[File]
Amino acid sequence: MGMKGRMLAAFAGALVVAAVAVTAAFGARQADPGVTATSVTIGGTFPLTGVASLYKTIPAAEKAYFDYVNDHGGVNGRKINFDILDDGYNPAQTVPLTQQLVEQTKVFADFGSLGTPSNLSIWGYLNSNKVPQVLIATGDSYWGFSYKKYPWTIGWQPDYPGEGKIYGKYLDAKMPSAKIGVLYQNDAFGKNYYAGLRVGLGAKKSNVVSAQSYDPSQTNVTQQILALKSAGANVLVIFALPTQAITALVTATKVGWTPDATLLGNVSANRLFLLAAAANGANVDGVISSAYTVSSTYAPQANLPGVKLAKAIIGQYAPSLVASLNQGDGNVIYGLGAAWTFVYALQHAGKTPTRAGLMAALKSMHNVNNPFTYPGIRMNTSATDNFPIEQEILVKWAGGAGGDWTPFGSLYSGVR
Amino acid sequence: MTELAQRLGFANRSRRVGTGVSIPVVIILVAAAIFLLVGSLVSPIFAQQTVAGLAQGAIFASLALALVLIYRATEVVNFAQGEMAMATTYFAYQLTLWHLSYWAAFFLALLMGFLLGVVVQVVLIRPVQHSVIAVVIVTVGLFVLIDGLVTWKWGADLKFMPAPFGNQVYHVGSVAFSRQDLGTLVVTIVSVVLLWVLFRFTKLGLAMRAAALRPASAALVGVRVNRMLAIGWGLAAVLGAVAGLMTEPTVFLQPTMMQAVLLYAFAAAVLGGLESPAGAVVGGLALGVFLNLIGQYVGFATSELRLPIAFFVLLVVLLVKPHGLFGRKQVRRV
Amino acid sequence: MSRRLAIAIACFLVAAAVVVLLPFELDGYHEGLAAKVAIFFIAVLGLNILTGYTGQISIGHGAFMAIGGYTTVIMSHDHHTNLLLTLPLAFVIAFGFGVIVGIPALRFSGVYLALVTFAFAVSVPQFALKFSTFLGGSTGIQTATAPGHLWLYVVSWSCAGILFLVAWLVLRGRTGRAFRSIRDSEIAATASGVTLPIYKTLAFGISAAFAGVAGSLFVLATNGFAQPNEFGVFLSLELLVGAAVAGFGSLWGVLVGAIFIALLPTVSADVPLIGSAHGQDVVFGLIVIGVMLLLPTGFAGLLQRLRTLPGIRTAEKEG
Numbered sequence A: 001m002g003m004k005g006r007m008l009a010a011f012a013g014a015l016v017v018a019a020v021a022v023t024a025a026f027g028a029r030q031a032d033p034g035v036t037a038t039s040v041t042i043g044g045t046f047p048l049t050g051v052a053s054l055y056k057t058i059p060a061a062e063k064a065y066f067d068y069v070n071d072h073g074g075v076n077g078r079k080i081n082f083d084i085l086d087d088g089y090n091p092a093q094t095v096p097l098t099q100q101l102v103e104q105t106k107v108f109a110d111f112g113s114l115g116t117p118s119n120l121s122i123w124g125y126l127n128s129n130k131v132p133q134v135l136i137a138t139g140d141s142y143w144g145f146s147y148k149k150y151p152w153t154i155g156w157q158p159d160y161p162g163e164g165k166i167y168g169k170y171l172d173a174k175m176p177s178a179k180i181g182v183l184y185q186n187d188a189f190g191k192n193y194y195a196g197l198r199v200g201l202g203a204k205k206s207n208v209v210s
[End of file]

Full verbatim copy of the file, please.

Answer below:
Amino acid sequence: MGMKGRMLAAFAGALVVAAVAVTAAFGARQADPGVTATSVTIGGTFPLTGVASLYKTIPAAEKAYFDYVNDHGGVNGRKINFDILDDGYNPAQTVPLTQQLVEQTKVFADFGSLGTPSNLSIWGYLNSNKVPQVLIATGDSYWGFSYKKYPWTIGWQPDYPGEGKIYGKYLDAKMPSAKIGVLYQNDAFGKNYYAGLRVGLGAKKSNVVSAQSYDPSQTNVTQQILALKSAGANVLVIFALPTQAITALVTATKVGWTPDATLLGNVSANRLFLLAAAANGANVDGVISSAYTVSSTYAPQANLPGVKLAKAIIGQYAPSLVASLNQGDGNVIYGLGAAWTFVYALQHAGKTPTRAGLMAALKSMHNVNNPFTYPGIRMNTSATDNFPIEQEILVKWAGGAGGDWTPFGSLYSGVR
Amino acid sequence: MTELAQRLGFANRSRRVGTGVSIPVVIILVAAAIFLLVGSLVSPIFAQQTVAGLAQGAIFASLALALVLIYRATEVVNFAQGEMAMATTYFAYQLTLWHLSYWAAFFLALLMGFLLGVVVQVVLIRPVQHSVIAVVIVTVGLFVLIDGLVTWKWGADLKFMPAPFGNQVYHVGSVAFSRQDLGTLVVTIVSVVLLWVLFRFTKLGLAMRAAALRPASAALVGVRVNRMLAIGWGLAAVLGAVAGLMTEPTVFLQPTMMQAVLLYAFAAAVLGGLESPAGAVVGGLALGVFLNLIGQYVGFATSELRLPIAFFVLLVVLLVKPHGLFGRKQVRRV
Amino acid sequence: MSRRLAIAIACFLVAAAVVVLLPFELDGYHEGLAAKVAIFFIAVLGLNILTGYTGQISIGHGAFMAIGGYTTVIMSHDHHTNLLLTLPLAFVIAFGFGVIVGIPALRFSGVYLALVTFAFAVSVPQFALKFSTFLGGSTGIQTATAPGHLWLYVVSWSCAGILFLVAWLVLRGRTGRAFRSIRDSEIAATASGVTLPIYKTLAFGISAAFAGVAGSLFVLATNGFAQPNEFGVFLSLELLVGAAVAGFGSLWGVLVGAIFIALLPTVSADVPLIGSAHGQDVVFGLIVIGVMLLLPTGFAGLLQRLRTLPGIRTAEKEG
Numbered sequence A: 001m002g003m004k005g006r007m008l009a010a011f012a013g014a015l016v017v018a019a020v021a022v023t024a025a026f027g028a029r030q031a032d033p034g035v036t037a038t039s040v041t042i043g044g045t046f047p048l049t050g051v052a053s054l055y056k057t058i059p060a061a062e063k064a065y066f067d068y069v070n071d072h073g074g075v076n077g078r079k080i081n082f083d084i085l086d087d088g089y090n091p092a093q094t095v096p097l098t099q100q101l102v103e104q105t106k107v108f109a110d111f112g113s114l115g116t117p118s119n120l121s122i123w124g125y126l127n128s129n130k131v132p133q134v135l136i137a138t139g140d141s142y143w144g145f146s147y148k149k150y151p152w153t154i155g156w157q158p159d160y161p162g163e164g165k166i167y168g169k170y171l172d173a174k175m176p177s178a179k180i181g182v183l184y185q186n187d188a189f190g191k192n193y194y195a196g197l198r199v200g201l202g203a204k205k206s207n208v209v210s